December 5 2013 Latest news:
Wednesday, October 23, 2013
A new £2million pedestrian and cycle bridge over the A14 will connect two parts of Bury St Edmunds.
Plans for the 43-metre bridge to link Thingoe Hill and Northgate Avenue were approved by Suffolk County Council’s development control committee last week.
It will provide a safe and direct route for cyclists and pedestrians to cross over the A14 while creating a link between the town centre to the south and railway station to the residential and commercial areas in the north of the town.
The bridge, which will also allow people to avoid the busy Fornham Road, is being financed by both the county council and the Department for Transport.
Councillor David Nettleton, who has been campaigning for the bridge for 14 years, said: “I’m thrilled. That’s going to be a real benefit for everybody - pedestrians and cyclists.
“It’s a link and just joins up two parts of my ward. It’s really good and should have happened years ago.”
Councillor Mark Ereira, who also represents the Bury’s Tower division on the county council, is also in favour of the scheme.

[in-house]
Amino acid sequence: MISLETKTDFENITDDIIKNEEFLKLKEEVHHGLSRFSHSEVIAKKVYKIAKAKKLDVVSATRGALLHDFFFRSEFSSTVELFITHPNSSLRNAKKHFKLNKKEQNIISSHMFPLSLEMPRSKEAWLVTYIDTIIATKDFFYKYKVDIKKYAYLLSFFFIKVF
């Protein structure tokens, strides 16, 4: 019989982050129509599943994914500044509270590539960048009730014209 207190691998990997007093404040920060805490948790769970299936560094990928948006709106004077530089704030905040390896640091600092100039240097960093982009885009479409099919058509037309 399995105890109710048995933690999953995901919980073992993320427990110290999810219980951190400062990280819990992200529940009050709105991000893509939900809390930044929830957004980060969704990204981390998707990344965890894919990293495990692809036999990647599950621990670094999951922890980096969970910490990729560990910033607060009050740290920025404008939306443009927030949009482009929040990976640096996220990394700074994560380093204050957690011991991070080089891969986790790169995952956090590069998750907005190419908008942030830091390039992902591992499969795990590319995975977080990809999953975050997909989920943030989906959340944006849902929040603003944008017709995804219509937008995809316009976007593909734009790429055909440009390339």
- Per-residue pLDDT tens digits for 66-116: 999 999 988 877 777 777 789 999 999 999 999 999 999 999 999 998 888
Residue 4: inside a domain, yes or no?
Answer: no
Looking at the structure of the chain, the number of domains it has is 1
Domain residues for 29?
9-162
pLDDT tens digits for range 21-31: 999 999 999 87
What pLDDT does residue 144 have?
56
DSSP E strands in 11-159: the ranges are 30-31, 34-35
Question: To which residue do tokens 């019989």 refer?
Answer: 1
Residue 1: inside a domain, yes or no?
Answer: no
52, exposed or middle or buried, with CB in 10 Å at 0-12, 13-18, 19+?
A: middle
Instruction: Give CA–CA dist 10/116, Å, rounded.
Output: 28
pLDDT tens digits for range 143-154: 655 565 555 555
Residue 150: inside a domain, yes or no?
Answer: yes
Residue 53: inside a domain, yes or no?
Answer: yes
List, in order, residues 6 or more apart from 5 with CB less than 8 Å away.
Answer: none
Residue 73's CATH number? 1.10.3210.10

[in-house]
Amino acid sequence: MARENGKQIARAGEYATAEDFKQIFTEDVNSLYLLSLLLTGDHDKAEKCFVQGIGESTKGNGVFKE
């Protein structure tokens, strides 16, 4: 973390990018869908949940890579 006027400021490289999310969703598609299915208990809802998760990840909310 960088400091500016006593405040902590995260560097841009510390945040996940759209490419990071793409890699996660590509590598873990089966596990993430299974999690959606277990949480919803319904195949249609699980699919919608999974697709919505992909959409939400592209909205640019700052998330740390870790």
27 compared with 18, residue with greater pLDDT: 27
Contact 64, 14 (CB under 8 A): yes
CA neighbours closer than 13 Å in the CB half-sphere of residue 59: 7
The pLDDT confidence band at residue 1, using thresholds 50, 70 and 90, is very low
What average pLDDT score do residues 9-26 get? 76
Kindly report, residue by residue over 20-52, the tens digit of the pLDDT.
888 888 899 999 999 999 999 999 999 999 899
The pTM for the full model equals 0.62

The county council did receive some letters of objection, however, with concerns including an increase in late-night anti-social behaviour, loss of parking and construction noise at night.
It is proposed to close the middle section of the Malthouse Lane byway - which is used for parking by motorists - to traffic, which would require a Traffic Regulation Order (TRO). But, if it was not secured, this would not stop the bridge scheme going ahead as pedestrians and cyclists would still be able to use Malthouse Lane.
Previously councillor Graham Newman, Suffolk County Council’s cabinet member for roads and transport, has said: “We are hopeful that the introduction of a new bridge will make walking and cycling safer, more convenient and pleasurable and will encourage more people to leave their cars at home when making shorter journeys around the town.”
The works, which also include surfacing and lighting along Malthouse Lane, are estimated to take about six weeks, with works over and adjacent to the A14 taking place over five nights due to safety requirements.